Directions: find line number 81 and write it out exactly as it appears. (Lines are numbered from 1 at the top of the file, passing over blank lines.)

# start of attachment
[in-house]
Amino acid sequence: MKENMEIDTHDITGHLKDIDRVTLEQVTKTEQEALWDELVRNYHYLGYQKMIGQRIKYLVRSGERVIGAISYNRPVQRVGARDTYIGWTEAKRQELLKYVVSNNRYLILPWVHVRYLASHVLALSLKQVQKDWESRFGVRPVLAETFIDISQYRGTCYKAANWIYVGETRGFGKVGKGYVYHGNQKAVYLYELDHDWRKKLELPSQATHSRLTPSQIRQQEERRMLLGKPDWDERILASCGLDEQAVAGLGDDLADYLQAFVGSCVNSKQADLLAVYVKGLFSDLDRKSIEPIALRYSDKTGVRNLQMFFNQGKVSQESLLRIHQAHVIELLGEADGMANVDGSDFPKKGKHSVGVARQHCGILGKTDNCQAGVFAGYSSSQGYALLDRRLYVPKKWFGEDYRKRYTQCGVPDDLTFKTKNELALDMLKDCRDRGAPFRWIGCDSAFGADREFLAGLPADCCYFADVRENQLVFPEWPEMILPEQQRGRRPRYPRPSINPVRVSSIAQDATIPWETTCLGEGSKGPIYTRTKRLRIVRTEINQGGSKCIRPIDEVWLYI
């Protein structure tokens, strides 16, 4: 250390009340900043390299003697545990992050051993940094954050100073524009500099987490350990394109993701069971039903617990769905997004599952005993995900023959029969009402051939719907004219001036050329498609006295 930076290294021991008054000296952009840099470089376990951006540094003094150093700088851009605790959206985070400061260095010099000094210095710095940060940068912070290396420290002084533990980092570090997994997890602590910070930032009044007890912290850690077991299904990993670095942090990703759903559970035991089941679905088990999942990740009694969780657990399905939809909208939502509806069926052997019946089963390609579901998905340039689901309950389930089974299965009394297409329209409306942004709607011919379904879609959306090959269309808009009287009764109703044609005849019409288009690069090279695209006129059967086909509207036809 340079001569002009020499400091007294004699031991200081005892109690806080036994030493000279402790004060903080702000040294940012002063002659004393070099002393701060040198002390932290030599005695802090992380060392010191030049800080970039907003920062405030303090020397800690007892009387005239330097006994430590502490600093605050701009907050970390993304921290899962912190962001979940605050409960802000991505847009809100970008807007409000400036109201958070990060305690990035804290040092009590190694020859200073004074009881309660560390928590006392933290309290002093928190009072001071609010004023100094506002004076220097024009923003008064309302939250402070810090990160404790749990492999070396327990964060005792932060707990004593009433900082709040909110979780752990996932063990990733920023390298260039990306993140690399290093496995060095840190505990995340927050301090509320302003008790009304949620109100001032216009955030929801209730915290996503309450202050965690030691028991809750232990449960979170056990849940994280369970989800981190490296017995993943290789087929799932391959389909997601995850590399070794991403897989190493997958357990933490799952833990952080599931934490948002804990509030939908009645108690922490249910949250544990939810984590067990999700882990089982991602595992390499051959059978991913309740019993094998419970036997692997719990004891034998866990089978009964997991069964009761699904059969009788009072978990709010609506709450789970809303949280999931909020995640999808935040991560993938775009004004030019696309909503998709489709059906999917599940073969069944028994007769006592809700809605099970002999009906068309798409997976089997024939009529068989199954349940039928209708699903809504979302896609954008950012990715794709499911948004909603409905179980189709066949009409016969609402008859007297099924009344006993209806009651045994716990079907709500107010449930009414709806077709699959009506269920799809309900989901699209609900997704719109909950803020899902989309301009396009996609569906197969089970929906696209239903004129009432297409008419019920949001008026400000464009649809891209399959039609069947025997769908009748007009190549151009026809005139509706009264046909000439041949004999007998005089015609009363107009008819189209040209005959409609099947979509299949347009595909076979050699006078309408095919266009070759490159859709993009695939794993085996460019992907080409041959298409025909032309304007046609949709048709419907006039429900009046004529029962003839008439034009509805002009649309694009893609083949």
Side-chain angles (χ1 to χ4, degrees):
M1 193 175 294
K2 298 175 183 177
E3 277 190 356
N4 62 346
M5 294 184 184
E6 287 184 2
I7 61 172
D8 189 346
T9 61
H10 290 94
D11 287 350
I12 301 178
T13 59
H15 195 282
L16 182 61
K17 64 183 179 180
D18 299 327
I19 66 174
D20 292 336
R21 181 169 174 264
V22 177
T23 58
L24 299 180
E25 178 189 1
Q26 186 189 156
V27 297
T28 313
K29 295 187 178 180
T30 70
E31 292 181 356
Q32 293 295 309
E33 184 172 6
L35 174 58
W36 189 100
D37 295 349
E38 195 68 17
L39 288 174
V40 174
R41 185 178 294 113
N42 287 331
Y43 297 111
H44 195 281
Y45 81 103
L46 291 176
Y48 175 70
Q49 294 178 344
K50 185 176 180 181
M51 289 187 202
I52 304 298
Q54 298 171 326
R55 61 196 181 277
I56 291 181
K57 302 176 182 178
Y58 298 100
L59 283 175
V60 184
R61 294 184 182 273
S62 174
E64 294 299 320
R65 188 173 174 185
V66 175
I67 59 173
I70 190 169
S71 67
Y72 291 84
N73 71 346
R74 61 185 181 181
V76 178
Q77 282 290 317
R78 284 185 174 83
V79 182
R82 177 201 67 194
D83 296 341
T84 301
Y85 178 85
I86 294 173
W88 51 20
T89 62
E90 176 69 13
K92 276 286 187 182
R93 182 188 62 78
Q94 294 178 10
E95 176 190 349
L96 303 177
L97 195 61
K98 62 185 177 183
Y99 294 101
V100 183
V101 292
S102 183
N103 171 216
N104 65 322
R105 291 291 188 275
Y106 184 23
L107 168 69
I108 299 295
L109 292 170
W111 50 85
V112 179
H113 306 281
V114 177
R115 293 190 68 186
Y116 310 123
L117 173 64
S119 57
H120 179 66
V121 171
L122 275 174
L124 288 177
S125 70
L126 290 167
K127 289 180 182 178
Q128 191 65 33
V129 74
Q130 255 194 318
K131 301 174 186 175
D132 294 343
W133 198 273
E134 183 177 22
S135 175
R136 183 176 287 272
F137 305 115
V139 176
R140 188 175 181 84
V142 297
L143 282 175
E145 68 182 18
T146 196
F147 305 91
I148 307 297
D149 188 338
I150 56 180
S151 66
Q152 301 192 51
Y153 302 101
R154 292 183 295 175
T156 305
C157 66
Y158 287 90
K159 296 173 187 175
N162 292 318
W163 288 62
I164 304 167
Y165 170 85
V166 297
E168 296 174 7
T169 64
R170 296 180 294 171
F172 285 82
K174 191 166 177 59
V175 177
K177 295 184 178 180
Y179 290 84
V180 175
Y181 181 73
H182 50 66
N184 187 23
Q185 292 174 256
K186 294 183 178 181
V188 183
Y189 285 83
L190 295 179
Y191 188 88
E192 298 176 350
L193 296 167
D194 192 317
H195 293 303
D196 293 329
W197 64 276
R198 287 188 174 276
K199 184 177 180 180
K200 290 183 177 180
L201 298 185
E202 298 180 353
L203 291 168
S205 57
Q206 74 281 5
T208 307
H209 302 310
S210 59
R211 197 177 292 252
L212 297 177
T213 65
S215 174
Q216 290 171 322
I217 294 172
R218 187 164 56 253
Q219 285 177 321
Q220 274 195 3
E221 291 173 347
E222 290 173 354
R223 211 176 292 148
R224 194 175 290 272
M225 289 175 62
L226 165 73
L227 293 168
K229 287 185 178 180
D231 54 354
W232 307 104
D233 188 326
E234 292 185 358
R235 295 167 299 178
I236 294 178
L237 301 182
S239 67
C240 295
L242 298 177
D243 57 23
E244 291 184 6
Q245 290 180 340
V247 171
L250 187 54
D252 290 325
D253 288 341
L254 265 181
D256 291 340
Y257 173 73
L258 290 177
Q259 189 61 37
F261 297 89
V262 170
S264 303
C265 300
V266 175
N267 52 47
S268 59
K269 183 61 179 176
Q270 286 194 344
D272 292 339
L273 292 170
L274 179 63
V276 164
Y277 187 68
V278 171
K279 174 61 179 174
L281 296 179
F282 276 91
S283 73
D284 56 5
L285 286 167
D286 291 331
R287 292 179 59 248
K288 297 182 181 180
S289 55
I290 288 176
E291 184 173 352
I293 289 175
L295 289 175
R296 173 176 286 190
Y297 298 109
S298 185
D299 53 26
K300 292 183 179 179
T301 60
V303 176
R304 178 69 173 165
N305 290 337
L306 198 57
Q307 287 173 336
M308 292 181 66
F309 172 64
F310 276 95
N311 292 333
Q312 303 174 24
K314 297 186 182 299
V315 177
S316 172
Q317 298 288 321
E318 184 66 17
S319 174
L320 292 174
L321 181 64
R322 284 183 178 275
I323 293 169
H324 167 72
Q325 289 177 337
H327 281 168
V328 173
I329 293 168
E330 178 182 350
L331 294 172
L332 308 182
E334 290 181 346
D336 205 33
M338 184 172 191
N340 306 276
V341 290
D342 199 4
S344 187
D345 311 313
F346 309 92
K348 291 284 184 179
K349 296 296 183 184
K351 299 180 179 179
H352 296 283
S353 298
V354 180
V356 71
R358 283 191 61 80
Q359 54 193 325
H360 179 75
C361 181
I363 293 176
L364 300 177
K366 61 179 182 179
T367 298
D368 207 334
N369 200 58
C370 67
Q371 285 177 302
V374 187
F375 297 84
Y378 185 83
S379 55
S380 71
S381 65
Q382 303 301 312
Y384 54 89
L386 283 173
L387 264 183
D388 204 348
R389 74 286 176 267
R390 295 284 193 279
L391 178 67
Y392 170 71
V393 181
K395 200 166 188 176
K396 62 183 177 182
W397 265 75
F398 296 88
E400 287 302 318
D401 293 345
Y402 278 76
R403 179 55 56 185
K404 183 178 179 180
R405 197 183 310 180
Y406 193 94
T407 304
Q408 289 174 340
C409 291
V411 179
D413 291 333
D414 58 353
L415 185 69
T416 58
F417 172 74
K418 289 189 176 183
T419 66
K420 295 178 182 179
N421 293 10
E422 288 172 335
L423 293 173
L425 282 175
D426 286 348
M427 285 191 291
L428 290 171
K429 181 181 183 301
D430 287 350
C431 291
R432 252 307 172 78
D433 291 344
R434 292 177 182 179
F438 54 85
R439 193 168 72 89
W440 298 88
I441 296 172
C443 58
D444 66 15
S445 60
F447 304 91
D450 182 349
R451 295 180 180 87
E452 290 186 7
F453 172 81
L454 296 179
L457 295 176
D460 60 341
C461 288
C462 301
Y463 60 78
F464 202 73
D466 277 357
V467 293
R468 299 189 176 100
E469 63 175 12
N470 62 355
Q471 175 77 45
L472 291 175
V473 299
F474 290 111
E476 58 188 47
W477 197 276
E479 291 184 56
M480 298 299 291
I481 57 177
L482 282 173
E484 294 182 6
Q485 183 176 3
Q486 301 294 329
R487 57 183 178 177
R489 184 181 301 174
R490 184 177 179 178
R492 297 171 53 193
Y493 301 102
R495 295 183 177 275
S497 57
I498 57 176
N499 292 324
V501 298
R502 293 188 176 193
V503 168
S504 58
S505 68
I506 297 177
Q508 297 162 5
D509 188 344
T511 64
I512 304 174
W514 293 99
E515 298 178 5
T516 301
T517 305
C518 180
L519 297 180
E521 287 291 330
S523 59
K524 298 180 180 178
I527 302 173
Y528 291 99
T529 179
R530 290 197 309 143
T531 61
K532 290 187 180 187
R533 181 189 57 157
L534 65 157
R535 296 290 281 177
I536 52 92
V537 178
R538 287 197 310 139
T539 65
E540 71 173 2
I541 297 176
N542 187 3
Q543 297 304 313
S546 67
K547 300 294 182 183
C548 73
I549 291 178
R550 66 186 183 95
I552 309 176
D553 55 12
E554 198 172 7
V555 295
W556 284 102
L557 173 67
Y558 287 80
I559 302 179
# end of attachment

W88 51 20